Thursday, October 11, 2007

A Pimp Named Elizabeth

Elizabeth: The Golden Age

Release: October 12, 2007
Rated PG-13
1 hour, 54 minutes

Second Run Seats ($$)

Just shy of a decade ago, I remember sitting at home being captivated by the talent of then unknown actress Cate Blanchett in a little film called “Elizabeth.” Two dozen films later (most of which I’ve seen), Blanchett revisits the role that helped put her in the public eye. In this sequel, director Shekhar Kapur returns to continue the story of Elizabeth I during the time when Mary Stuart, Queen of Scots, plotted to overthrow her. Mary is under guard in a Scottish prison, awaiting the perfect moment to knock her cousin from the throne she believes is rightfully hers. Meanwhile, King Philip II of Spain threatens to siege a Holy War against England and their bastard queen. Even within her own court, Elizabeth’s title of the Virgin Queen is becoming a slippery subject, especially once Sir Walter Raleigh becomes a regular adornment of the queen. The lady had a lot to contend with.

Director Kapur enlisted Geoffrey Rush to once again portray the Queen’s advisor, Sir Francis Walsingham. Blanchett and Rush are joined by Jordi Mollà (Blow), Samantha Morton (Sweet and Lowdown) and Clive Owen (Gosford Park), who portray Philip, Mary Stuart and Raleigh, respectively. Supporting actors like Abbie Cornish and Rhys Ifans (Notting Hill) just add emotion and intricacy to life in the aura of Elizabeth. Even the immense sets and locations enhance the impressiveness of the period.

The coup de grâce of the film has to be the elaborate costumes. Blanchett dons dresses made with multiple bolts of richly colored and embroidered cloth topped off with structured corsets and intricately designed lace collars. Every dress is accented by dazzling jewelry and the ensemble is completed by any one of numerous highly crafted, fiery-red wigs. Audiences could spend minutes just soaking up the details of her attire. Luckily, Blanchett exudes an intensity that will keep them riveted to her expressions and dialogue. Seriously, at this point Blanchett, or Rush for that matter, could lay comatose in a film and they’d achieve an award-winning performance. Both actors drive the humor, warmth, disdain, and utterly depressing loneliness of the Queen’s court and position.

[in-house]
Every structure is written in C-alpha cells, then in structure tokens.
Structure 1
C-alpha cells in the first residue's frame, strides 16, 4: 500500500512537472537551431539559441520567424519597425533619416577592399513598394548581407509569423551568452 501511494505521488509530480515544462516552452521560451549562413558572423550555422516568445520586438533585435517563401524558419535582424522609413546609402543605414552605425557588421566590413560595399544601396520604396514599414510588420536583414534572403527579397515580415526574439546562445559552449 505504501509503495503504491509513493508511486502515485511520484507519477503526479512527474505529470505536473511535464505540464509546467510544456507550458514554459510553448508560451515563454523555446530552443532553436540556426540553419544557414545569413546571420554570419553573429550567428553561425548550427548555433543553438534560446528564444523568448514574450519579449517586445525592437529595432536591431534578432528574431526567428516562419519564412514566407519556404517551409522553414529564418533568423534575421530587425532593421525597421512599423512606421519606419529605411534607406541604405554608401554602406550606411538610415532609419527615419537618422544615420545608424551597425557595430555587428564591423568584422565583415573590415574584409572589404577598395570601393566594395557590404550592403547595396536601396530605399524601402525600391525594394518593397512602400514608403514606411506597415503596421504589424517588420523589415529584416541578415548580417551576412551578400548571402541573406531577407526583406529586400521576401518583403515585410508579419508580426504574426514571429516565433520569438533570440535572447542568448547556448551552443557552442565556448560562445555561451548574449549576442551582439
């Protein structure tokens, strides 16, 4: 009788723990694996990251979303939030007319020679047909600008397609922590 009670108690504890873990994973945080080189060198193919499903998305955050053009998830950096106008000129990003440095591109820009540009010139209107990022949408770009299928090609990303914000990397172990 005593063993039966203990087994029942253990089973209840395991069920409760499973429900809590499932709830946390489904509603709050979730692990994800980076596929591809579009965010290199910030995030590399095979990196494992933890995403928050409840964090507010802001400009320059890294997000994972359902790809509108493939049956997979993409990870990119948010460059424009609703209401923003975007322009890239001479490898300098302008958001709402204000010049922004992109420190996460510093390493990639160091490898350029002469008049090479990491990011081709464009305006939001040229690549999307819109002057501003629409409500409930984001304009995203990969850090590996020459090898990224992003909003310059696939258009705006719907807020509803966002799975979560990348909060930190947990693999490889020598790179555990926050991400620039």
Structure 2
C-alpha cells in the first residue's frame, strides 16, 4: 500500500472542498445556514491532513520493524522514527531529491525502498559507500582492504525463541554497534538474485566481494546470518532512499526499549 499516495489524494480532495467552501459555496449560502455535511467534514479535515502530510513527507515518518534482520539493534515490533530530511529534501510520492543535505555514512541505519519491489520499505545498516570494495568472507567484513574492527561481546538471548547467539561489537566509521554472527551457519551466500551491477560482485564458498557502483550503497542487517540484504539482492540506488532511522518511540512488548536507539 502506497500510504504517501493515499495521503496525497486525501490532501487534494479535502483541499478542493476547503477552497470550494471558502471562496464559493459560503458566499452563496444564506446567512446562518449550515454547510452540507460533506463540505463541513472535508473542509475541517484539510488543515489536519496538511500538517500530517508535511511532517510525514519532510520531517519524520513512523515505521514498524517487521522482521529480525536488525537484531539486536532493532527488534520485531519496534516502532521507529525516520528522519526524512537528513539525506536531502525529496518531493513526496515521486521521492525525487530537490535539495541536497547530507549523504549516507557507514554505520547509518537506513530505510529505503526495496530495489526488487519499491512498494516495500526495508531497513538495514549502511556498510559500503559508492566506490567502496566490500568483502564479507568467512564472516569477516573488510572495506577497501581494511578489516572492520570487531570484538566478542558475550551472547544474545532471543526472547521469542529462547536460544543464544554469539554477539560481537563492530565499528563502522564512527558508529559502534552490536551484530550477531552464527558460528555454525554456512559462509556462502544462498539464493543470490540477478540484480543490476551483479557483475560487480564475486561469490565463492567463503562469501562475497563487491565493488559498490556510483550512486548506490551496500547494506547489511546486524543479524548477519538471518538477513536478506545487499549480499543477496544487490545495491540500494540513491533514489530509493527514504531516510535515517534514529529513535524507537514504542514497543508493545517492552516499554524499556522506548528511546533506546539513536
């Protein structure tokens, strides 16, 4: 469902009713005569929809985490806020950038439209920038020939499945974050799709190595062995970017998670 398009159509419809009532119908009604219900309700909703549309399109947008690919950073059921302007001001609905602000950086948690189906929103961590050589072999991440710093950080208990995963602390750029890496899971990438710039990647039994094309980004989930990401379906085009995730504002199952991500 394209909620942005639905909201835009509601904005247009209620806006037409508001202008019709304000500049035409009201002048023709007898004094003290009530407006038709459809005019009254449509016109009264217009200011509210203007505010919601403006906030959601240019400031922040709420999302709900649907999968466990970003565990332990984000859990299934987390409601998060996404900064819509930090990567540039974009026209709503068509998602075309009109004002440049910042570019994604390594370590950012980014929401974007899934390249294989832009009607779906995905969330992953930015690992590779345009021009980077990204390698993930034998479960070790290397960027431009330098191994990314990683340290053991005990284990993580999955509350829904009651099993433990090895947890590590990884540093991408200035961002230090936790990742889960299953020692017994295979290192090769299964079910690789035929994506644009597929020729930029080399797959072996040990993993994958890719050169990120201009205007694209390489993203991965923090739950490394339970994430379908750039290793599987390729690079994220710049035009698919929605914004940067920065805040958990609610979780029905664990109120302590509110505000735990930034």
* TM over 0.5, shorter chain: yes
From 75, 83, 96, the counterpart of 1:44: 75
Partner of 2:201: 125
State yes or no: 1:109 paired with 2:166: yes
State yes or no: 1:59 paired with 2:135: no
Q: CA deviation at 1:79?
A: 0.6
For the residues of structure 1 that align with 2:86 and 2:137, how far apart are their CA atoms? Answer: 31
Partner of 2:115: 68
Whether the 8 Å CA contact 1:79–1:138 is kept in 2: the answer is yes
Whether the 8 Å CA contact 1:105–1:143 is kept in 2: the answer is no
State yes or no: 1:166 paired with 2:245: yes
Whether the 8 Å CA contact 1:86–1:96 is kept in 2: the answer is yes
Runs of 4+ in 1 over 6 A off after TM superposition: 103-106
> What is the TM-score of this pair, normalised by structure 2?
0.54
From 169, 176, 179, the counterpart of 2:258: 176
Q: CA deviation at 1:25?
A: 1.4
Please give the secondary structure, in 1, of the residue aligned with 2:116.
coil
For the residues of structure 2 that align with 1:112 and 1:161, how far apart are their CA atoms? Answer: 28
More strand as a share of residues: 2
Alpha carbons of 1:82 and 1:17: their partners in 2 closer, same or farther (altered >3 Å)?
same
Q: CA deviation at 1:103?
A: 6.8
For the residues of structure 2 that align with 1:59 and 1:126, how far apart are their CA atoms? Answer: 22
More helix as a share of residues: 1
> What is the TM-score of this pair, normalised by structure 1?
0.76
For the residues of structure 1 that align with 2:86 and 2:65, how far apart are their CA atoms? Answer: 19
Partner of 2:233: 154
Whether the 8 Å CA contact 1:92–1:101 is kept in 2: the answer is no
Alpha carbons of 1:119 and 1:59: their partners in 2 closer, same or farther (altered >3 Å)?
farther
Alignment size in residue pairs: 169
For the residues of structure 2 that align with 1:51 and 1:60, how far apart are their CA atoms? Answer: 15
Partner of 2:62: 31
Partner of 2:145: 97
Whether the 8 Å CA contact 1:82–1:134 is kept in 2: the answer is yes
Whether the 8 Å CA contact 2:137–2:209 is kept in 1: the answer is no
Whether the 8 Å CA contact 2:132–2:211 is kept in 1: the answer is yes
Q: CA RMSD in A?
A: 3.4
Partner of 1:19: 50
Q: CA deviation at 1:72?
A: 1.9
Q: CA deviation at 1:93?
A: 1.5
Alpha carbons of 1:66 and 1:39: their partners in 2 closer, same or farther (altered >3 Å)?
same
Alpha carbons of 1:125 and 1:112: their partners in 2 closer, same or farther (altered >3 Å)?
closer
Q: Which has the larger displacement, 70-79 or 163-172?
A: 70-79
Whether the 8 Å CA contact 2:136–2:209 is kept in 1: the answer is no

Elizabeth: The Golden Age” has elements to be appreciated and that is its failing. The director seemingly captured each scene as a moment in time, almost as if the film were a collection of still images. A whispered conversation is crafted with such melodrama and poise that it seems to be a portrait hanging in a museum. Like a museum crawl, audiences will find themselves drained and dazed by the barrage of imagery. The pretty pictures and elegantly captured emotion somehow lack anything compelling or riveting.

Dirty Undies
I must say, you have to be one determined person to get into the knickers of a lady of the royal court. All those ribbons, fasteners, wigs, and wraps make me think the commoners are far easier to come by, if you know what I mean. Clive Owen simply exudes sex with every crooked smile and twinkle of eye but it’s Blanchett that bares booty. Despite the violent era, all violence is off-screen with tortured souls and traitorous villains sporting bloodied wounds. The director even cops out by using blood-red garments to artistically convey the impending severity of what would be totally cool violence.

The Money Shots
Blanchett portrays Elizabeth as a seemingly light-hearted friend of the people and ambassador of good will to her neighbors. But like a true cock of the walk, let one of her subjects cross the line and she will beratingly snatch them back into their station. Her commanding demeanor, however, cannot carry this lethargic film. If you want a better understanding of just how ostentatious and tedious this film feels, just peruse the film’s official website and you’ll get a taste of what awaits.

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